Below is a copy of my speech I made during the Treaty of Lisbon plenary debate. For those of you who want to watch my performance, you can see the video at the bottom of this post.
Roger Helmer (NI). – Mr President, can I first of all respond to our good colleague Mr Barón Crespo, who said that we could not allow the will of a small minority to stand in the way of the European project.
In my country, opinion polls show that some 75% of the British people want a referendum and two thirds of them would vote ‘no’. If that is what Mr Barón Crespo thinks is a small minority, all I can say is that it is not my view of a small minority.
As a number of colleagues have pointed out, we are actually voting on something that we cannot read. We have no consolidated text. It is an absolute scandal!
Many people on the other side of the House are telling us that this is a good thing. I have heard again and again what a good thing it is. If it is so good, then why not go out in the streets and argue it in front of the people in a referendum? Why are you running scared?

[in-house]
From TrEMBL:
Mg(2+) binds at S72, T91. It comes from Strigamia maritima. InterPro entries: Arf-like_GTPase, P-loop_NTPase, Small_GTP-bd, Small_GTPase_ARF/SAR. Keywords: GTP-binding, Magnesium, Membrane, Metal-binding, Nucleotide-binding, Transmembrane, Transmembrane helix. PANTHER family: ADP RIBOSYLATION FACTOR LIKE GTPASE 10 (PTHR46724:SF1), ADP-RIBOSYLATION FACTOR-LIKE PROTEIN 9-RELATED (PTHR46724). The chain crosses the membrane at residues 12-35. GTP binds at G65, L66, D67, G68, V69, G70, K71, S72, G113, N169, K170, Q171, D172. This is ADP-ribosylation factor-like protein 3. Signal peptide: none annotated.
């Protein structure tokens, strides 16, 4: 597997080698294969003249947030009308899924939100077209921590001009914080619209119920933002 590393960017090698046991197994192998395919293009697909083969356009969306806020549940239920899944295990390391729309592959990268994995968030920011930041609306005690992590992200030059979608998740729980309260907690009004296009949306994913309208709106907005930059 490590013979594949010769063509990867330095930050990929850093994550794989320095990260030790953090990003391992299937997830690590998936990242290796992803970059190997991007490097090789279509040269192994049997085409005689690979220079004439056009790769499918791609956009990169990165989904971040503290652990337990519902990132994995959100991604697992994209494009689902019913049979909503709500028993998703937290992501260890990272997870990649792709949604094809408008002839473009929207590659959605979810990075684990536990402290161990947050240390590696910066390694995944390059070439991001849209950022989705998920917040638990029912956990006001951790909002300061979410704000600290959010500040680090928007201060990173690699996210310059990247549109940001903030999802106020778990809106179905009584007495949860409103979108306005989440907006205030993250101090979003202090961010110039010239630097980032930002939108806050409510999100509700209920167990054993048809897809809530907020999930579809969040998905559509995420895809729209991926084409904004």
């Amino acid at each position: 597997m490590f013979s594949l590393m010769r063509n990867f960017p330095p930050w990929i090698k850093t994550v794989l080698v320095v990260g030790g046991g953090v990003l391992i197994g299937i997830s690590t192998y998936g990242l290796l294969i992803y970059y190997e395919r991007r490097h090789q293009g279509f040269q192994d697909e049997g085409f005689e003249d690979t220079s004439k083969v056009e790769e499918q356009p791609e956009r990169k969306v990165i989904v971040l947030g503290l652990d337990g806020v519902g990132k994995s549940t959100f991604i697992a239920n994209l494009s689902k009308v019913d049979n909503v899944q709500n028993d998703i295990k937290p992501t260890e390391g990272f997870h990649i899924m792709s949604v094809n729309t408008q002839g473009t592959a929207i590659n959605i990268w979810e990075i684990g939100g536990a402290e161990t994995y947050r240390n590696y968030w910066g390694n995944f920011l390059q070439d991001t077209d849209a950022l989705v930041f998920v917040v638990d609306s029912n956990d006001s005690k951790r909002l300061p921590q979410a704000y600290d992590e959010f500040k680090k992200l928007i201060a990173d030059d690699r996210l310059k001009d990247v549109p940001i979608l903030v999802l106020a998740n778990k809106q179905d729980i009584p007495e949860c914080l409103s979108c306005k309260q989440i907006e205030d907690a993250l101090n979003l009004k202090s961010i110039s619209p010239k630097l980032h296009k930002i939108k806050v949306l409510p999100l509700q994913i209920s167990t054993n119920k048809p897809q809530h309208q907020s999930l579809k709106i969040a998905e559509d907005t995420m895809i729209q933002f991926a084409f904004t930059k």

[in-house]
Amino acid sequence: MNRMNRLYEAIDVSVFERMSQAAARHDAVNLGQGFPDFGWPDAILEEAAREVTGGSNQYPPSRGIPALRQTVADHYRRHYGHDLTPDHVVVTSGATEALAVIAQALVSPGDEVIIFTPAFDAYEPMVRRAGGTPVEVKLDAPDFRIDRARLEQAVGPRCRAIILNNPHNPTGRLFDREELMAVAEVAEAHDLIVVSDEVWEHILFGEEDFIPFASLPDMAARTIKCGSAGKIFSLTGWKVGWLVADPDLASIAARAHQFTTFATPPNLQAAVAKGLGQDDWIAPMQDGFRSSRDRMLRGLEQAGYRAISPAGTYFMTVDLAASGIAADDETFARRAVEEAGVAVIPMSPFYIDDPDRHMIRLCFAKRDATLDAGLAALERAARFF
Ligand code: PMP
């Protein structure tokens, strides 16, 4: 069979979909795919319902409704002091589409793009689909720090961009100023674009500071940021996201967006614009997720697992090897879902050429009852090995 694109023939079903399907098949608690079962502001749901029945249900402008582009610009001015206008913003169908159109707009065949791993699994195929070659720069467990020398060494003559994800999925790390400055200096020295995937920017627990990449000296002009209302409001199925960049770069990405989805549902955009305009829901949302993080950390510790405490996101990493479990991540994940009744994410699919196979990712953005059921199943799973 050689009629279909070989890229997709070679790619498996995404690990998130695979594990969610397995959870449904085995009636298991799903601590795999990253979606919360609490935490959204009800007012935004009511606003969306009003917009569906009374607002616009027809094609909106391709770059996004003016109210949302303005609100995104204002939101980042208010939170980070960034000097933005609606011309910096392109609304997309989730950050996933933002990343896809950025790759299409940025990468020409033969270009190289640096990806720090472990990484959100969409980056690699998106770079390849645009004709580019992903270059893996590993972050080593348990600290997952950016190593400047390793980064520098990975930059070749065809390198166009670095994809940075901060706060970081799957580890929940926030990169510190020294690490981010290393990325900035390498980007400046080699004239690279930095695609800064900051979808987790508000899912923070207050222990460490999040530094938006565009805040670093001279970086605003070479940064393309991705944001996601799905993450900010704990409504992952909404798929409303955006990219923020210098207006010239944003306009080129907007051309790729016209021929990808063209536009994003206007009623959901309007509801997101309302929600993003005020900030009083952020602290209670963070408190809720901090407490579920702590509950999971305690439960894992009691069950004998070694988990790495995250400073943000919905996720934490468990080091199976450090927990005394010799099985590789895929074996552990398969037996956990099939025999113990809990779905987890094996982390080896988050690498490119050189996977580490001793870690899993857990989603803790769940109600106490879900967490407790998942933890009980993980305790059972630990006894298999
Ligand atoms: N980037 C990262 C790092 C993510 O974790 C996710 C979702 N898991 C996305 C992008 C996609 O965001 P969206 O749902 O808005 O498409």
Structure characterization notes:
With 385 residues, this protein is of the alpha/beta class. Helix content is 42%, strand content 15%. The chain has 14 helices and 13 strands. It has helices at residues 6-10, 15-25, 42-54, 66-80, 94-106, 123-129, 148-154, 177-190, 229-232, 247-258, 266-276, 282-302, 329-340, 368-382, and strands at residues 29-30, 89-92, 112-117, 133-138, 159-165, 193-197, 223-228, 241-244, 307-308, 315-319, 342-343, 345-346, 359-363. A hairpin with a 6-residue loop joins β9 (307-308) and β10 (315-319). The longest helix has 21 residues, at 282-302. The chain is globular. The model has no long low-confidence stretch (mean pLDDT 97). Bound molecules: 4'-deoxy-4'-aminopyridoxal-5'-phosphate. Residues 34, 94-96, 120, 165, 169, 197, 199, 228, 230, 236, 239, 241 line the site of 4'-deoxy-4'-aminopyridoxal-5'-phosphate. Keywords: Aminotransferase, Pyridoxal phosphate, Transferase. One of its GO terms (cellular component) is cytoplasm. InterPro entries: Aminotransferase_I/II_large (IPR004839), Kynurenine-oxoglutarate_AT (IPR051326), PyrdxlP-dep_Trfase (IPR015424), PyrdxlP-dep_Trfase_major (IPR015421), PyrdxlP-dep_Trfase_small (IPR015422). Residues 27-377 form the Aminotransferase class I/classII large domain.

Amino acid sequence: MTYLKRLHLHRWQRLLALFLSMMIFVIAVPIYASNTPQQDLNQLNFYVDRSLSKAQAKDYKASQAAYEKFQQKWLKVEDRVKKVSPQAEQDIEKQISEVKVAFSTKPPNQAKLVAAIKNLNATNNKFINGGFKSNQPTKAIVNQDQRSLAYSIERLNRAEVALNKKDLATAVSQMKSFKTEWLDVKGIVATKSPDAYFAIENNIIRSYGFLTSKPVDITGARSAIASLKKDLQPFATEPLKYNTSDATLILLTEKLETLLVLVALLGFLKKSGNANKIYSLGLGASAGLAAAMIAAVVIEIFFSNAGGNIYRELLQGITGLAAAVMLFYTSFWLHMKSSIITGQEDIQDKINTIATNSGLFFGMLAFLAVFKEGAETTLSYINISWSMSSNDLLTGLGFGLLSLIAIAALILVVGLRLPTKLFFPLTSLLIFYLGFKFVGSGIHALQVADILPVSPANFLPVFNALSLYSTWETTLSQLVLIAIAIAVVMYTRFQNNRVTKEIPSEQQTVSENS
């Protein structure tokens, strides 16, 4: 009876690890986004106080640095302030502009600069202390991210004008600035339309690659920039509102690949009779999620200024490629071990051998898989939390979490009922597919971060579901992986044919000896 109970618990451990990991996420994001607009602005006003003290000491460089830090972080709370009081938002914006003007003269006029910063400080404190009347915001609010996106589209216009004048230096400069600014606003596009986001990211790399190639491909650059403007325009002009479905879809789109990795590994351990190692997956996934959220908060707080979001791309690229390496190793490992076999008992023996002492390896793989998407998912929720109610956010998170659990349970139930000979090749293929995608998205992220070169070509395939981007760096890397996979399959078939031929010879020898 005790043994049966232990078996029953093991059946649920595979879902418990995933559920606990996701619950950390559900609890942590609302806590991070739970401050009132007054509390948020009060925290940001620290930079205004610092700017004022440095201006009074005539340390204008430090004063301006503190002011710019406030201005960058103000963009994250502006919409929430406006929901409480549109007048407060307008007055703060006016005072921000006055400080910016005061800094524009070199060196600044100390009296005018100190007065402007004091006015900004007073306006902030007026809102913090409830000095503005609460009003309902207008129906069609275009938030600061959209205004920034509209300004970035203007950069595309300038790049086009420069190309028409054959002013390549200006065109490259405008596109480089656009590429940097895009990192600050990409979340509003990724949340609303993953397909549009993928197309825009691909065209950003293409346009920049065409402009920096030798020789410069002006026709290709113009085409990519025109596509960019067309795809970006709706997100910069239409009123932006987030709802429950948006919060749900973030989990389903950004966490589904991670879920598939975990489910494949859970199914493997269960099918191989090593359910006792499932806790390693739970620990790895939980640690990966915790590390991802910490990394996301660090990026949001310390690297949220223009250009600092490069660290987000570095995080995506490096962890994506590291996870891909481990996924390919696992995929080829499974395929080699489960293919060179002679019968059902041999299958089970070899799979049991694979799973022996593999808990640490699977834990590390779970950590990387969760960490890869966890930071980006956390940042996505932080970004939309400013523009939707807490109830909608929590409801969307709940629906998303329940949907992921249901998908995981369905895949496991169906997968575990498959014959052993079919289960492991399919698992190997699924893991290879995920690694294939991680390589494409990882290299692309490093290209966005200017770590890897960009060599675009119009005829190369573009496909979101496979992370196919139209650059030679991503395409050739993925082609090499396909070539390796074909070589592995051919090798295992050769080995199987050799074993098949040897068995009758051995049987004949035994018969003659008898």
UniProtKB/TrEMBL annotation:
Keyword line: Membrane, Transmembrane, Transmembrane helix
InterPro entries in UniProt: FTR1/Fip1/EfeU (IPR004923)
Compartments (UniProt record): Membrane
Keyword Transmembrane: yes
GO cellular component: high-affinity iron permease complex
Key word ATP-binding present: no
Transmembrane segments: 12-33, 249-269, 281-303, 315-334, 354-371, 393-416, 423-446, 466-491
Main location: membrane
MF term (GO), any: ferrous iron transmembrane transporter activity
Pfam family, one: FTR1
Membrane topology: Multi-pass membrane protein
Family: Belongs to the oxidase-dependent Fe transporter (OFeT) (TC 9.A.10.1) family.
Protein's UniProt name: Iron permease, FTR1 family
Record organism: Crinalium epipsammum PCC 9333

Today, the European project is abandoning any claim to democratic legitimacy. Today, we will vote through the renamed Constitution in an act that shows monstrous contempt for European citizens and democratic values. In 2005, the voters of France and Holland decisively rejected the constitution.
I am astonished by the bare-faced effrontery of European leaders, who have changed the packaging but are now bringing back the substance in defiance of public opinion. Most French and Dutch MEPs will support this report. I do not know how they will face their voters. I do not know how they will sleep at night.
In the UK, the Labour Government has broken its solemn promise of a referendum, yet in postal polls conducted by campaign groups, more than 80% of voters vote ‘yes’ to a referendum. By forcing this measure through in the teeth of public opposition, you are hacking at the very foundations of the Europe you are seeking to build. We must listen to the people. They demand a referendum.